Baehr laments that "With an intermarriage rate around 50 percent, and a fertility rate of 1.6 children per Jewish woman, Jews are committing population suicide." He takes a swipe at liberal American Jews, most of them supporters of legal abortion: "American Jews marry late and often never marry, and have fewer children as a result. The commitment to abortion rights as a pre-eminent political issue strikes me a particularly odd, with Jewish numbers declining at an accelerating rate. Rather than being aggressive advocates of abortion rights, Jews might more rationally be advocates of carrying unwanted pregnancies to term, and then giving up the babies for adoption. This is especially the case since many Jewish women marry late and have difficulty conceiving."
Reading Baehr you might even hypothesize Planned Parenthood is not a Malthusian plot sponsored by the Rockefellers (a view common among the populist Christian right), but Nixon's deftest dirty trick, fixing the Supreme Court to pass Roe v. Wade in 1973. Huh? Listen to Baehr: "In fact, if no abortions had occurred in the last 30 years, and the total number of abortions were added to the populations of each state since Roe v. Wade was adopted, Al Gore would have been running for re-election in 2004, since the states he won in 2000, such as California and New York, would have had several more electoral votes in that year, and Bush's states fewer. Gore would have been elected regardless of the Florida outcome." Kevin Phillips, move over! This makes the southern strategy look like chickenfeed. That's why Nixon needed the hundred grand from Howard Hughes, to bribe Harry Blackmun. You don't think Nixon would have figured this out? One of these days, I bet we'll find Operation Herod buried in Nixon's papers.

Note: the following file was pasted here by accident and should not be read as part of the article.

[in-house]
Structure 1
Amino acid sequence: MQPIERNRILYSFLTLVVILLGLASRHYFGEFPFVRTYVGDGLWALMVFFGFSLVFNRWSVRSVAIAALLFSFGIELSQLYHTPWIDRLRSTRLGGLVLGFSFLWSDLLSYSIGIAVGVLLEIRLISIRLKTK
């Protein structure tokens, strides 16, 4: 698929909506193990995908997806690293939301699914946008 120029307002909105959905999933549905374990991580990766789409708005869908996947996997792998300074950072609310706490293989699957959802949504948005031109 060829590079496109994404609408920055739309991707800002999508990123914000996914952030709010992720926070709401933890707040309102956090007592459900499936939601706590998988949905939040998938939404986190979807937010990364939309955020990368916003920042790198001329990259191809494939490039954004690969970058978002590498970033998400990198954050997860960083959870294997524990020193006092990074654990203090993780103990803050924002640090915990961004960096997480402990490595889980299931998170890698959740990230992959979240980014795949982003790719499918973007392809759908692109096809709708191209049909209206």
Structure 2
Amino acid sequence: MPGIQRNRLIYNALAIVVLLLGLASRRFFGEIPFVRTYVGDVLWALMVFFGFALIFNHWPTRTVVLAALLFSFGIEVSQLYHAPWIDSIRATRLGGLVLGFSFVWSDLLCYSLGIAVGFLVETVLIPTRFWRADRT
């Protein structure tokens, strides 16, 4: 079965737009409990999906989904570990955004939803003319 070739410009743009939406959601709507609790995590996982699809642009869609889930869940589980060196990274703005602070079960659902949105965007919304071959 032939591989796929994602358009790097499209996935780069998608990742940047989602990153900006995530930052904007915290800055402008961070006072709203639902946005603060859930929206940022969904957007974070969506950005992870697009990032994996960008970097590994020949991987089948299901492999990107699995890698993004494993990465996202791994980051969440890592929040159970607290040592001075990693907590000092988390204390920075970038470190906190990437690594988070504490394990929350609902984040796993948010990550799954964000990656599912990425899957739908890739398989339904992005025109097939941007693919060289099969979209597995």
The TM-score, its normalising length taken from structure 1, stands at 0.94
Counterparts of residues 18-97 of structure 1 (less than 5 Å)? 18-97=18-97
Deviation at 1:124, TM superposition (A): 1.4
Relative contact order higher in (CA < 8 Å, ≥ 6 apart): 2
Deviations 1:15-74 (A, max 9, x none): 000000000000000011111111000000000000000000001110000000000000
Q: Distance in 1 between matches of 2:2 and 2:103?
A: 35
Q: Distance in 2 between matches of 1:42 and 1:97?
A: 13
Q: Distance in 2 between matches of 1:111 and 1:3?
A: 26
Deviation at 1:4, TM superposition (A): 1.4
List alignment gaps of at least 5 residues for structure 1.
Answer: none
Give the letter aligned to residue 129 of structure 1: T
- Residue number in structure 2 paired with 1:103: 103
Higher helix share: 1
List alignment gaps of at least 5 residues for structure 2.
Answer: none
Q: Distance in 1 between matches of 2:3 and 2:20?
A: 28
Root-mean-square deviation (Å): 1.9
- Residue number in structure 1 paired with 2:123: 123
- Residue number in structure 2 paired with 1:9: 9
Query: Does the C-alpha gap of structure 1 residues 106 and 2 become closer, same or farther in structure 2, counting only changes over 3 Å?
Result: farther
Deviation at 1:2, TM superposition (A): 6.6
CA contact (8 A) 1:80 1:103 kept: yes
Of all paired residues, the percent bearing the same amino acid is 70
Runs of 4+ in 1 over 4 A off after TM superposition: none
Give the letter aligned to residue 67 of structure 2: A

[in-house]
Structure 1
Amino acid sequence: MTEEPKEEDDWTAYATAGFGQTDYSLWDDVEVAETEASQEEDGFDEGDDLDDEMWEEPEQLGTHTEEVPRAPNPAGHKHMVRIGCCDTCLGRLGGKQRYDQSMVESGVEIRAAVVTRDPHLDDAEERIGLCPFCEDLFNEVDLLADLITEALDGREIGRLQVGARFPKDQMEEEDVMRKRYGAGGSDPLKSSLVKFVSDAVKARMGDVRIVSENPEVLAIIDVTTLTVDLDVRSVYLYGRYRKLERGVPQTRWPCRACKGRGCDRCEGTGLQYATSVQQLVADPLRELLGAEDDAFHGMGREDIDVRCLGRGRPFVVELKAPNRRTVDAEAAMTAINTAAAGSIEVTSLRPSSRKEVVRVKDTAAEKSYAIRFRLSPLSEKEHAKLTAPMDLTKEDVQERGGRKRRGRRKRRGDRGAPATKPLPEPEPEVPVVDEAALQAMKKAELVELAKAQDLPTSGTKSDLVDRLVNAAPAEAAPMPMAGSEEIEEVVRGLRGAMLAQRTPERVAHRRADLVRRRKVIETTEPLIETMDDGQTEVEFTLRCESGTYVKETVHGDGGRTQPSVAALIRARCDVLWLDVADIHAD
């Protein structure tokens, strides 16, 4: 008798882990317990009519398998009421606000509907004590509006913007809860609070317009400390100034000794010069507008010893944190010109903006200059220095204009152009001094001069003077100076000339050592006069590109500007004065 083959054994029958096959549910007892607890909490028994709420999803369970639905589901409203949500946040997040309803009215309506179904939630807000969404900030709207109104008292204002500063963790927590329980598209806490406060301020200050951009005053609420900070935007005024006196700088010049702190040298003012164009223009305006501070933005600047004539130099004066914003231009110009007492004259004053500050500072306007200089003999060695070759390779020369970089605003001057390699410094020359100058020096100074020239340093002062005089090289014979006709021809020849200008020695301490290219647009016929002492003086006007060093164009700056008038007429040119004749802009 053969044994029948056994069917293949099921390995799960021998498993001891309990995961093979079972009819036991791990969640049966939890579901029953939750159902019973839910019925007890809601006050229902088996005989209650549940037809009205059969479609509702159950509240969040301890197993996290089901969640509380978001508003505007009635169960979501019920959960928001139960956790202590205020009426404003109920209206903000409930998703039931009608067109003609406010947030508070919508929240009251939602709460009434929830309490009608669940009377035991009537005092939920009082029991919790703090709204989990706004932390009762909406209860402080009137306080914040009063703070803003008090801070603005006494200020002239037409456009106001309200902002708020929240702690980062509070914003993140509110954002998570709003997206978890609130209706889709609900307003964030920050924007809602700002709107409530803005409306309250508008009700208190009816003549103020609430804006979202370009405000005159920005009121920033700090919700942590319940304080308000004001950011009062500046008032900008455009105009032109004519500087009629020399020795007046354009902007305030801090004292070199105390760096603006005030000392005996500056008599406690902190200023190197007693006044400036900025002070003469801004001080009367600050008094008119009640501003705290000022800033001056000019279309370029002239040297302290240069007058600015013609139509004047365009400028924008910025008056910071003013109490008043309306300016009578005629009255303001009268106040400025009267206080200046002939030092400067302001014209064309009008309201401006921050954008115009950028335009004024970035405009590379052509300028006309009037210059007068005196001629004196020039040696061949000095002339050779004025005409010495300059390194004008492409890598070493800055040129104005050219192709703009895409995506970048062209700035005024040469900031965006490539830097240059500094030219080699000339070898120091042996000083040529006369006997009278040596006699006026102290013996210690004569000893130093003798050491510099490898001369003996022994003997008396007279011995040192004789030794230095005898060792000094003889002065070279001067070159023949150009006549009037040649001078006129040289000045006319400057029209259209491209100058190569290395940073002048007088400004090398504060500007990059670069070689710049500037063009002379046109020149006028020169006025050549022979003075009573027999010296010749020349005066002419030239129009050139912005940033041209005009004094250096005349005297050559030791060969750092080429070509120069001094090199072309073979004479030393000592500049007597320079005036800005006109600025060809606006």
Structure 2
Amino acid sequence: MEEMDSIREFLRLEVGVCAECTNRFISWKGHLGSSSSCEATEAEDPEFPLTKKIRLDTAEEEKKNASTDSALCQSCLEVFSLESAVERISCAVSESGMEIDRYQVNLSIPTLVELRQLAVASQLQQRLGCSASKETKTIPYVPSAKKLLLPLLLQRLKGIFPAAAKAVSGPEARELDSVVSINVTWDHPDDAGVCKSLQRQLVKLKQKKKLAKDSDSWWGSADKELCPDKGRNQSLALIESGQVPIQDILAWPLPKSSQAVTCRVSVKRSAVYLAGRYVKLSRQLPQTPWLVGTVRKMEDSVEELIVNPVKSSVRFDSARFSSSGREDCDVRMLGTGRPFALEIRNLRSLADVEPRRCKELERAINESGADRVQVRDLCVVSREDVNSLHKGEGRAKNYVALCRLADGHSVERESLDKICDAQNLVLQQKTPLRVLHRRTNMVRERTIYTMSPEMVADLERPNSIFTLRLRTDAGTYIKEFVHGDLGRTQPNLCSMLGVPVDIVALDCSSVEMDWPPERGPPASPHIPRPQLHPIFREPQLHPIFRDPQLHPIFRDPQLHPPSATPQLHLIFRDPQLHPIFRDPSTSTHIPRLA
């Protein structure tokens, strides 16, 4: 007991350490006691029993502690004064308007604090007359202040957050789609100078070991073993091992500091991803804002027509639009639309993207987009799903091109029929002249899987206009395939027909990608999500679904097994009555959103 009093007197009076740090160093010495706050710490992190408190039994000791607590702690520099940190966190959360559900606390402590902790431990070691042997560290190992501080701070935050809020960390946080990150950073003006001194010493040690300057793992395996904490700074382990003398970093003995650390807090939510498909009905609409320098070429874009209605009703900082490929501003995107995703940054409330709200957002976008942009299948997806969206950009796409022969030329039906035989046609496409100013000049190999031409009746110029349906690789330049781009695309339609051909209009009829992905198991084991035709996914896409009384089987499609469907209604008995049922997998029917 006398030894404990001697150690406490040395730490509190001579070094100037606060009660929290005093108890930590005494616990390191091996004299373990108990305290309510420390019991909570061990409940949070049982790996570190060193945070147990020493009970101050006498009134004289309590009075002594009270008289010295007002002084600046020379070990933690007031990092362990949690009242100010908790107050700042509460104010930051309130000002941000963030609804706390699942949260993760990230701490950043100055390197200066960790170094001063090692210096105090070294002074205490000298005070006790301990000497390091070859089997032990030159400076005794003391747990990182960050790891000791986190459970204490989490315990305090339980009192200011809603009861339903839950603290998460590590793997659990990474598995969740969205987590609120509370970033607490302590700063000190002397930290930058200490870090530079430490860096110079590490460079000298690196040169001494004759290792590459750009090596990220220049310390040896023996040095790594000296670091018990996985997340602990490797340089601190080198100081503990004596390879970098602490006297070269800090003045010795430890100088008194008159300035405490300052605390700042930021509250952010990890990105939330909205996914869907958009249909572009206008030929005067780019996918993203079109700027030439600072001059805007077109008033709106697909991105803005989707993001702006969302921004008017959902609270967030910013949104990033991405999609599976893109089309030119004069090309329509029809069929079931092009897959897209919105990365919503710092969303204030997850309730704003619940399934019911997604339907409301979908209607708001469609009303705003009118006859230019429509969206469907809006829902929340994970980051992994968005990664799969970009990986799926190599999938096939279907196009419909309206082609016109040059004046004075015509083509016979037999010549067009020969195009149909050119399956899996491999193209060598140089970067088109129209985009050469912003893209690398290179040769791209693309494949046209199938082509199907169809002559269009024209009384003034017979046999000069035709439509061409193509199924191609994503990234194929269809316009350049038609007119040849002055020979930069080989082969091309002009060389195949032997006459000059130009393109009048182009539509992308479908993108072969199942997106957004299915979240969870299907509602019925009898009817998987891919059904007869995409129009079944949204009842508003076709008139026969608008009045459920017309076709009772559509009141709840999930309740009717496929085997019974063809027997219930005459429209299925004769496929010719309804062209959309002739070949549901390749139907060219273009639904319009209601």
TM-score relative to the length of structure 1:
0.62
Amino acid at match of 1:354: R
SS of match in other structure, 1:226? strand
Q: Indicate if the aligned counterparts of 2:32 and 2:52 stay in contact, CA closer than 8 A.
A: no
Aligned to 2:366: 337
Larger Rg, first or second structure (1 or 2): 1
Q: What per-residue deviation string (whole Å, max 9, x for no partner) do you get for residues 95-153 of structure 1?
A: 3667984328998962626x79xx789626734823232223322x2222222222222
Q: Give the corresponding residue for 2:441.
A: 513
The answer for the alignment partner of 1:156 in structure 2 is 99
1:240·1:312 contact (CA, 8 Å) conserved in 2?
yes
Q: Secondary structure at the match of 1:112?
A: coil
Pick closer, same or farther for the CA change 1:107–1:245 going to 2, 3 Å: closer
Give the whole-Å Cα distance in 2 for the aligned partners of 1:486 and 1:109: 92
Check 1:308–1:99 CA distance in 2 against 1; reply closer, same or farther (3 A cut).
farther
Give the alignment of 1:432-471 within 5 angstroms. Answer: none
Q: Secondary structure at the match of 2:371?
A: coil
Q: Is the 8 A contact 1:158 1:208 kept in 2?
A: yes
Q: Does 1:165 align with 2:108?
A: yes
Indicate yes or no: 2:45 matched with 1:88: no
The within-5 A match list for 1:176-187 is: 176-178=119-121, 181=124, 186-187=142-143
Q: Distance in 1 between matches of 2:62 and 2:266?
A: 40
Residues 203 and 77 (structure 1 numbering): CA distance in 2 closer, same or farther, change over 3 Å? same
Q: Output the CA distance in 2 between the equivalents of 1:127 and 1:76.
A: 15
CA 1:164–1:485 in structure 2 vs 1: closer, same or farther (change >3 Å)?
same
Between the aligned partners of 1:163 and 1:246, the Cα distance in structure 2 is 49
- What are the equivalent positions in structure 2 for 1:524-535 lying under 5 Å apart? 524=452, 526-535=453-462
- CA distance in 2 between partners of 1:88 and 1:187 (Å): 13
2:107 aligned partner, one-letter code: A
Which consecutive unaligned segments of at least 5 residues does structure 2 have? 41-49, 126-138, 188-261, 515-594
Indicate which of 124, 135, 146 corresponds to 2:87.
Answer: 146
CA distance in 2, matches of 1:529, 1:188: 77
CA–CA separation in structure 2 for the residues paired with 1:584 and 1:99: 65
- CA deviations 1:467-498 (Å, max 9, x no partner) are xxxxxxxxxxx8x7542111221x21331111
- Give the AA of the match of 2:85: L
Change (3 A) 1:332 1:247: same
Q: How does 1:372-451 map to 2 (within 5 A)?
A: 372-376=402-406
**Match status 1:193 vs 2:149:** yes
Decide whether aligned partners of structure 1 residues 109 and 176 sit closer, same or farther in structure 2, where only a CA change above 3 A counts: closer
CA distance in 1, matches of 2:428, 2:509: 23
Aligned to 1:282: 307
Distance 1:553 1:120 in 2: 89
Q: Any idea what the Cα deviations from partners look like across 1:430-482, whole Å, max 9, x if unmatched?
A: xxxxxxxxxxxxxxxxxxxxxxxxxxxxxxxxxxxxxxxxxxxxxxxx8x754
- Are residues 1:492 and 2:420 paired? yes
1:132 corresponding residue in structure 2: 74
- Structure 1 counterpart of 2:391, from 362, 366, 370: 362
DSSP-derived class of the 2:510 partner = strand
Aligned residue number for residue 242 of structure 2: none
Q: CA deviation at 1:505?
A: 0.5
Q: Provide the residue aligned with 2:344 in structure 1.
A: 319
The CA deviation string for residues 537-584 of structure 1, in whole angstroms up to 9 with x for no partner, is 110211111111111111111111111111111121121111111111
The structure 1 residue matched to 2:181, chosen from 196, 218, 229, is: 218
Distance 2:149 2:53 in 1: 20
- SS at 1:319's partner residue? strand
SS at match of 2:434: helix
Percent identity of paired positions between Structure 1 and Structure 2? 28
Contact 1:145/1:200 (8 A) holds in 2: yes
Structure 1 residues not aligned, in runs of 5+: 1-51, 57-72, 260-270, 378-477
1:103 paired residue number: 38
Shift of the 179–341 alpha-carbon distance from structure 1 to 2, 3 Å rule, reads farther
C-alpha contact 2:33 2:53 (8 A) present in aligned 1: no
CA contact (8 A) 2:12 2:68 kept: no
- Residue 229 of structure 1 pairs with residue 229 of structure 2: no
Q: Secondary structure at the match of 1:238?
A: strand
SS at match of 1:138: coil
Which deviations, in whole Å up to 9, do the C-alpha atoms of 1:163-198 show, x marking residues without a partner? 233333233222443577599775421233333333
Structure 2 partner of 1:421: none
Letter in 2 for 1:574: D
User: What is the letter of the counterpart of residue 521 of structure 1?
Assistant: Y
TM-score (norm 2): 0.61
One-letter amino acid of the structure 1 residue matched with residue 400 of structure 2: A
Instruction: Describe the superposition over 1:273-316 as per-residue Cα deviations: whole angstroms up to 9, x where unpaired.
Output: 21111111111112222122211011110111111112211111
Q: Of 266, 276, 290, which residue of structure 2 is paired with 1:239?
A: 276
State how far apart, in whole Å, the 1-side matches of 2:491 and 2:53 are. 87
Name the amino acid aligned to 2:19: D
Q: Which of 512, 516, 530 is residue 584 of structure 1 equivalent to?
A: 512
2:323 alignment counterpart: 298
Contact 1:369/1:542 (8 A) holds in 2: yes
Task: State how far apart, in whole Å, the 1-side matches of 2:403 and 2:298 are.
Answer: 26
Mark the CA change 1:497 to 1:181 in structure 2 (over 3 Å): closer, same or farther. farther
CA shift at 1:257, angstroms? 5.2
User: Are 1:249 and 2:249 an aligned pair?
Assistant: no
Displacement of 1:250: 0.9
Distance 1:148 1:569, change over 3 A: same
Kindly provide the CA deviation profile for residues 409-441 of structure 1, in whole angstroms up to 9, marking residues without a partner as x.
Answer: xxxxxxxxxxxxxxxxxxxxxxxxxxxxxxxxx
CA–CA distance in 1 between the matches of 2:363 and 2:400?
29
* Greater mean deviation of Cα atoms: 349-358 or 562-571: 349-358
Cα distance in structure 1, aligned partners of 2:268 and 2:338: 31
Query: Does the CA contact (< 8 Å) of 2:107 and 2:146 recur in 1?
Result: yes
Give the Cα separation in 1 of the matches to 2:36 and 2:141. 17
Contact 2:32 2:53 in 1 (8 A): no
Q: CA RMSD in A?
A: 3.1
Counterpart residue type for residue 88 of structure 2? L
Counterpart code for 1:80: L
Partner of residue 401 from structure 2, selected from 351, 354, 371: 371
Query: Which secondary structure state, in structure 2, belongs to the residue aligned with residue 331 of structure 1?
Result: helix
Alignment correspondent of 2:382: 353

Back to Baehr's nightmare of Muslim breeders. As Jews decline in number, he points with a quivering finger at the Arab and Muslim population in America heading in the other direction. Baehr cites two academic studies putting the U.S. Muslim population at between 1.8 and 2.9 million, with the total Arab/Muslim community "probably about 3.5 million, two thirds the size of the Jewish community."